Book Review: Huracan

Loosely based on the author’s own family history, ‘Huracan’ tells the story of Leigh McCaulay, who after unhappily leaving Jamaica at FIFTEEN, now in her thirties, returns home in the wake of her mother’s death, to reconnect with her birthplace, her estranged father and the family secrets that he holds. As she builds an adult life, she discovers the stories of her abolitionist and missionary ancestors who came to Jamaica in the 1780s and 1880s, and she grapples with the burdens of this historical legacy. ‘Huracan’ is the story of an island nation, of the people who came, those who prospered and those who were forced to toil, their crimes, their acts of mercy and their search for place, love and redemption.

Part historical and part contemporary literary fiction, Huracan is filled with dramatic and insightful details of three centuries of life in Jamaica, Huracan will be released in July 2012, during Jamaica’s celebrations of 50 years of independence.

“Huracan is very much a reflection on the meaning of independence,” says McCaulay. “It is about what it means to be Jamaican, about how we navigate the inequalities and privilege we are born to, about the possibilities for social transformation.”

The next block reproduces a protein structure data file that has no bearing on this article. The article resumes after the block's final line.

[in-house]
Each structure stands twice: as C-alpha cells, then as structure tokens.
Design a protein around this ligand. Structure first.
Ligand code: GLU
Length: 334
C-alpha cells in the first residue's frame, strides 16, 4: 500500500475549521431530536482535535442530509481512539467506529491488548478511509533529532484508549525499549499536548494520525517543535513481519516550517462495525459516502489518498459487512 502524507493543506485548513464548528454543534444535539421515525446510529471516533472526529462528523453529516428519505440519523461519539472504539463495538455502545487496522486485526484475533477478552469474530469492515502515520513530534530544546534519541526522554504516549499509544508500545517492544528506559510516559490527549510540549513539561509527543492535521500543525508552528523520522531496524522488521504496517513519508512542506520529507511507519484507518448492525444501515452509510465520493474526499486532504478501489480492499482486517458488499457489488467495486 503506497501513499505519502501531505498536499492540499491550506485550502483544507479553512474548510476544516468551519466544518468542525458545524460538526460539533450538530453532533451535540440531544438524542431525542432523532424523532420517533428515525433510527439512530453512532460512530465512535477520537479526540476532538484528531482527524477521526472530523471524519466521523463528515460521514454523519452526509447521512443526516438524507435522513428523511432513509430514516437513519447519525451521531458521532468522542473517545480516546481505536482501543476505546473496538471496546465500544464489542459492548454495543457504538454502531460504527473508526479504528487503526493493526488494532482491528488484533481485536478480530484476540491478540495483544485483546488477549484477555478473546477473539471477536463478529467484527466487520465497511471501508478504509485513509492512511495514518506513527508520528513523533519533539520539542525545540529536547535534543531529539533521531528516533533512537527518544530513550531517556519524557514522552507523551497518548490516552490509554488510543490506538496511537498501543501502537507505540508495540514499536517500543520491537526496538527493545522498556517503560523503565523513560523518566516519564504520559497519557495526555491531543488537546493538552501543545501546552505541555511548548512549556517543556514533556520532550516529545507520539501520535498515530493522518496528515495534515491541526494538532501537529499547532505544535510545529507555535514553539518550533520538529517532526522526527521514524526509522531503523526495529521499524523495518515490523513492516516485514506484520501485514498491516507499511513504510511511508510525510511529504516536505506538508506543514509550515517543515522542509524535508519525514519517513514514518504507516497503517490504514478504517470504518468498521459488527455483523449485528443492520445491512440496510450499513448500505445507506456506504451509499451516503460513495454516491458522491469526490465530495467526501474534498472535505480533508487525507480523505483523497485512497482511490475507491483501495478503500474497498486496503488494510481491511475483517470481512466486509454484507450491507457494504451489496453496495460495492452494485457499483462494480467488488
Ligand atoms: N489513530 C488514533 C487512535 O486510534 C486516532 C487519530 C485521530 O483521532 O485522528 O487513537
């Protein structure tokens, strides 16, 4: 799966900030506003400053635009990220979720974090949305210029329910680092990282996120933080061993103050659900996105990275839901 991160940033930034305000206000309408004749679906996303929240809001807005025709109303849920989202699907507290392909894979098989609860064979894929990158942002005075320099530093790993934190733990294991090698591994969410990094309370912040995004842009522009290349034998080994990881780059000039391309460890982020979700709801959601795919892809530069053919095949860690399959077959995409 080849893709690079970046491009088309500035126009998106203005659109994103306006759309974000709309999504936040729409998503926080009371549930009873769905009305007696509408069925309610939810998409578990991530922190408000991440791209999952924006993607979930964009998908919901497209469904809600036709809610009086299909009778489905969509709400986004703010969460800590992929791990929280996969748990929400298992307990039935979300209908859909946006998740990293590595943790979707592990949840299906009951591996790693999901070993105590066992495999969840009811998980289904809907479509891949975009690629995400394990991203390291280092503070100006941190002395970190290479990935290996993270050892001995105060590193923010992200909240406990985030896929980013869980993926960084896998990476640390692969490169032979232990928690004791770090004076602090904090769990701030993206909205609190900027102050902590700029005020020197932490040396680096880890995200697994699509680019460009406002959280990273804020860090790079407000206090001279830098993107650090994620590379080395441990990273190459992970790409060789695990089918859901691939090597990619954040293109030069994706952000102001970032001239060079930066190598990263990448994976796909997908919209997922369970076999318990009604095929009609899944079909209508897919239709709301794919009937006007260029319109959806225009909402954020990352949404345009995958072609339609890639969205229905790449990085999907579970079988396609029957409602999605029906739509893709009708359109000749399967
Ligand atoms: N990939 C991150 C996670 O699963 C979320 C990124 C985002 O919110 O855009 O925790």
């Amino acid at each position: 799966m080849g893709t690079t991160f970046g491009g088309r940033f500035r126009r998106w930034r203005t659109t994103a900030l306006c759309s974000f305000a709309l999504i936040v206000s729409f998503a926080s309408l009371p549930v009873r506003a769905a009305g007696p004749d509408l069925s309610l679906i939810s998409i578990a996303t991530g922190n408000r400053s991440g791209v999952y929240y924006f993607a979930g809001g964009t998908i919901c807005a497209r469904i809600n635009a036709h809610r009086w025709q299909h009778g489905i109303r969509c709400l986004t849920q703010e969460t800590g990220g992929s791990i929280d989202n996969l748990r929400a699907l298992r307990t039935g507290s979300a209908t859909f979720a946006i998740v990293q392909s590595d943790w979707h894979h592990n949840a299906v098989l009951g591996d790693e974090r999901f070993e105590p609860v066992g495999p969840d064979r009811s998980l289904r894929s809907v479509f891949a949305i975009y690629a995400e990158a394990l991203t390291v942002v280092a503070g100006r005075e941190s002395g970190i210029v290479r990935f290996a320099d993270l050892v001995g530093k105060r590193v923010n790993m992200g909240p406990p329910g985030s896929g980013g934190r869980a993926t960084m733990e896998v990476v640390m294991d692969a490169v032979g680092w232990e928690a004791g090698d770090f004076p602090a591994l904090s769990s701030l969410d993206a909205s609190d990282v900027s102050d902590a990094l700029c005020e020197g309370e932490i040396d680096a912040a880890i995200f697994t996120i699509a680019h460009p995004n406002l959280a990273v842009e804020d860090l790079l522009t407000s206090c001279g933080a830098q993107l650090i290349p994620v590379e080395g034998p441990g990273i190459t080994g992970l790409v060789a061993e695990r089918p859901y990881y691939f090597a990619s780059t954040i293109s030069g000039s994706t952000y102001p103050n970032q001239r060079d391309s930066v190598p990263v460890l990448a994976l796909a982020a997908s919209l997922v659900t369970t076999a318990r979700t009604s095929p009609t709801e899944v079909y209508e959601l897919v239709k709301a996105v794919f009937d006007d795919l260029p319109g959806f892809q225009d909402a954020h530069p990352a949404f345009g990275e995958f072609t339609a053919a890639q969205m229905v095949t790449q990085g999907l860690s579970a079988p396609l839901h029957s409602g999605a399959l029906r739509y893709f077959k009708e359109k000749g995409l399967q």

“A sharp-eyed, salty-sweet mix of family history and historical fiction from Jamaica: Diana McCaulay has captured the bright tropic warmth, the violence and beauty of her birthplace like a born storyteller…. All life is written in these haunting pages.” Ian Thomson, author of The Dead Yard: Tales of Modern Jamaica

Diana McCaulay is a Jamaican writer and environmental activist. She is the CEO of the Jamaica Environment Trust and was awarded the 2005 Euan P McFarlane for Outstanding Environmental Leadership in the Caribbean and a 2009 Bronze Musgrave Medal from the Institute of Jamaica. Her first novel, ‘Dog-Heart’, won a gold medal in the 2008 Jamaican National Literature awards, and is currently shortlisted for the 2012 William Saroyan International Prize for Writing. She is also the 2012 winner of the Regional Commonwealth Short Story Prize for her story, The Dolphin Catcher. 

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